The Virginia teacher injured after a six-year-old student shot her in a classroom is speaking out for the first time since the incident.
To talk with TODAYAbigail Zwerner, 25, said she is still recovering from her horrific injuries after a young student pulled a gun in class and shot her at Richneck Elementary School in Newport News, Virginia, in January.
Zwerner told TODAY host Savannah Guthrie that after several surgeries in the three months since the incident, she continues to face “obstacles and challenges.”
“Some days are not so good days when I can’t get out of bed. Some days are better than others when I can get out of bed and make my appointments,” Zwerner said.
News of the shooting shocked the small community and sparked outrage in the district after it was revealed that Zwerner and other educators went to government officials to say the child was rumours to have a gun on him.
Speaking to TODAY, Abigail Zwerner, 25, said she is still recovering from her horrific injuries after a young student pulled a gun in class in January and shot her at Richneck Elementary School in Newport News, Virginia
At the time, DailyMail.com reported that Zwerner was shot in the hand by the student – whose name has never been made public – and that the bullet then hit her in the chest
The 25-year-old teacher gave the interview as she appeared with her left hand bandaged following surgery to repair a bone damaged in the shooting.
At the time, DailyMail.com reported that Zwerner was shot in the hand by the student – whose name has never been made public – and that the bullet then hit her in the chest.
Zwerner told the TODAY anchor that she is recovering from several physical injuries.
One of those injuries is a wound on her side where doctors inserted a breathing tube after her lung collapsed.
The teacher – who was hailed as a hero for saving other students in her class from the child – told Guthrie she was exhausted from the constant series of surgeries and appointments.
“But you know, I try to stay positive because I’ve been through what I’ve been through,” said Zwerner, who spent two weeks in the hospital after being shot.
Zwerner now says she has difficulty with simple tasks such as making a fist, getting dressed and opening her own water bottle.
Her doctors have told her it is unclear if she will ever regain normal function in her left hand. She continues to attend physical therapy, which she says is “exhausting.”
‘Physiotherapy is not only physically exhausting, but also mentally exhausting. I should move them once an hour, all through the hour,” she said.
“Just manipulating them to get that blood flowing and get that movement back under control,” Zwerner said of what to do with her hand.
Despite her “obstacles and struggles,” the teacher told Guthrie that she is hopeful for the future.
“You know, try to have a positive view of what happened and where my future is going,” the teacher said in the interview, that will air Tuesday at 7 p.m. east.
Zwerner was taken to Riverside Regional Medical Center after the shooting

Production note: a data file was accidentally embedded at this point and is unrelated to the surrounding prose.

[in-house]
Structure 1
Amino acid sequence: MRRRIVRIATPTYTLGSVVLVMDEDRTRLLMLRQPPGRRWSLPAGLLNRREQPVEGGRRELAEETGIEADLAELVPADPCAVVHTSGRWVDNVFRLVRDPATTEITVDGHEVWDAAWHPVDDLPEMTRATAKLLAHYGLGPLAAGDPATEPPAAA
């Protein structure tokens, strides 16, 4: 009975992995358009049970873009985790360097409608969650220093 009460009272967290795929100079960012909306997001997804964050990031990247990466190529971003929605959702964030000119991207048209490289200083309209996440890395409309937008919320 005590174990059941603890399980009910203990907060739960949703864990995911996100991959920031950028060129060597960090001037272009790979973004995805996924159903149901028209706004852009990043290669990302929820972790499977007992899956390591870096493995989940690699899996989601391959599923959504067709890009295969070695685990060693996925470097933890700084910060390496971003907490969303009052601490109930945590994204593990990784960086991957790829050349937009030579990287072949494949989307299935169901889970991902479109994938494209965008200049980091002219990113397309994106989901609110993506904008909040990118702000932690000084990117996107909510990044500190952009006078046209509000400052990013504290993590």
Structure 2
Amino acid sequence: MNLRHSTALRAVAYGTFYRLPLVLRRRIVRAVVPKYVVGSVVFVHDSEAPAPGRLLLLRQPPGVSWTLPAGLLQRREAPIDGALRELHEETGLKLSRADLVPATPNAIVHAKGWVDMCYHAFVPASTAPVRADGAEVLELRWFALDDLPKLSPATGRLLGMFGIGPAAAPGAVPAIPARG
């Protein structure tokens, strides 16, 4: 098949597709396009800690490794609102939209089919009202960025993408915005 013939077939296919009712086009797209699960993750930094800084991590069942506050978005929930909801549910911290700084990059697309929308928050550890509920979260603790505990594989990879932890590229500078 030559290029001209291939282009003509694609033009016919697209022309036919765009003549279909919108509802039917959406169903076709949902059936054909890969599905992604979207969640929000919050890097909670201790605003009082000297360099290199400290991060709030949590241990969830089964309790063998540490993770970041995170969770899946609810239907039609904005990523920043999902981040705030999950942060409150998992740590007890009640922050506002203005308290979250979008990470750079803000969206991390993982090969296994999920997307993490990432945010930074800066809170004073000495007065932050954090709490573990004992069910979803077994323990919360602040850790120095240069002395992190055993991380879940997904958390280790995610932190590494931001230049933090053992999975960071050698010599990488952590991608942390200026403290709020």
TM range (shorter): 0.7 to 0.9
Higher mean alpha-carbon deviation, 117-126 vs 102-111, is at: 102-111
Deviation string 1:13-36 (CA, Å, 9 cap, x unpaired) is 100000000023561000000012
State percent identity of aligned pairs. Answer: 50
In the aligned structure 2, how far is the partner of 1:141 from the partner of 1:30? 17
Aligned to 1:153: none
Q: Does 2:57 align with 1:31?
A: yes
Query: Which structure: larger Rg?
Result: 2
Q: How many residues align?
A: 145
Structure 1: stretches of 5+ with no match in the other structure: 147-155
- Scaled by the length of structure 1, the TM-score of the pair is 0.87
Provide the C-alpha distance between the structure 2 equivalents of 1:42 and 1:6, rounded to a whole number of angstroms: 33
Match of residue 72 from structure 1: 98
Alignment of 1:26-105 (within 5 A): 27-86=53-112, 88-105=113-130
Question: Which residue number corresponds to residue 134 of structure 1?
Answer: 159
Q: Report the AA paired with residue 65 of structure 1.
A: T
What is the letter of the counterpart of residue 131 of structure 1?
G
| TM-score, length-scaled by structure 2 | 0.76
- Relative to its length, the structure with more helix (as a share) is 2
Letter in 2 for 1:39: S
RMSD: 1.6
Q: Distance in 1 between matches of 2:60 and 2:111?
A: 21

“You know, try to have a positive view of what happened and where my future is going,” the teacher said in the interview with TODAY
Since the shooting, Zwerner has hired lawyers to sue the district.
Zwerner and her legal team claim that there were “multiple levels” of safety protocol errors and that the administration had been warned about the child in question.
“I can tell you that this case has failed on multiple levels, and there were adults who held positions of authority who could have prevented this tragedy and did not,” attorney Diane Toscano said.
Toscano said the boy – who will not be prosecuted for the shooting – had behavioral problems and a pattern of problems with staff and other students.
According to reports, the boy was was suspended for one day for breaking Zwerner’s cell phone just days before the shooting took place.
Toscano said on the day the shooting happened, three teachers had gone to administrators about the boy’s behavior and the suspicion that he had a gun on campus.
In a statement after the shooting, the boy’s family defended his actions, claiming the gun was locked in their home.
The parents said they have “always been committed to responsible gun ownership and keeping firearms out of the reach of children.”
They also claimed that the boy has a disability and that he is currently receiving the ‘treatment he needs’ temporary detention in a medical institution.
Since the shooting, Zwerner has hired lawyers to sue the district
Zwerner and her legal team claim there were safety protocol flaws on “multiple levels” and the administration was warned about the child in question
Zwerner’s lawyer said the boy – who will not face charges in the shooting – had behavioral problems and a pattern of trouble with staff and other students
After the shooting, Newport News school officials wanted to impeach Superintendent George Parker III
Prosecutor of Newport News Howard Gwynn told NBC News earlier this month that even though he could be charged, the boy would not be charged.
“Our goal is not just to do something as quickly as possible,” Gwynn said.
“Once we have analyzed all the facts, we will charge any person or persons we believe we can prove beyond a reasonable doubt that they have committed a crime,” he continued.
After the shooting, Newport News school officials were ordered to oust Superintendent George Parker III and metal detectors were installed.
In addition, Richneck’s principal was reassigned to a different role within the district following the incident, while the school’s assistant principal resigned completely.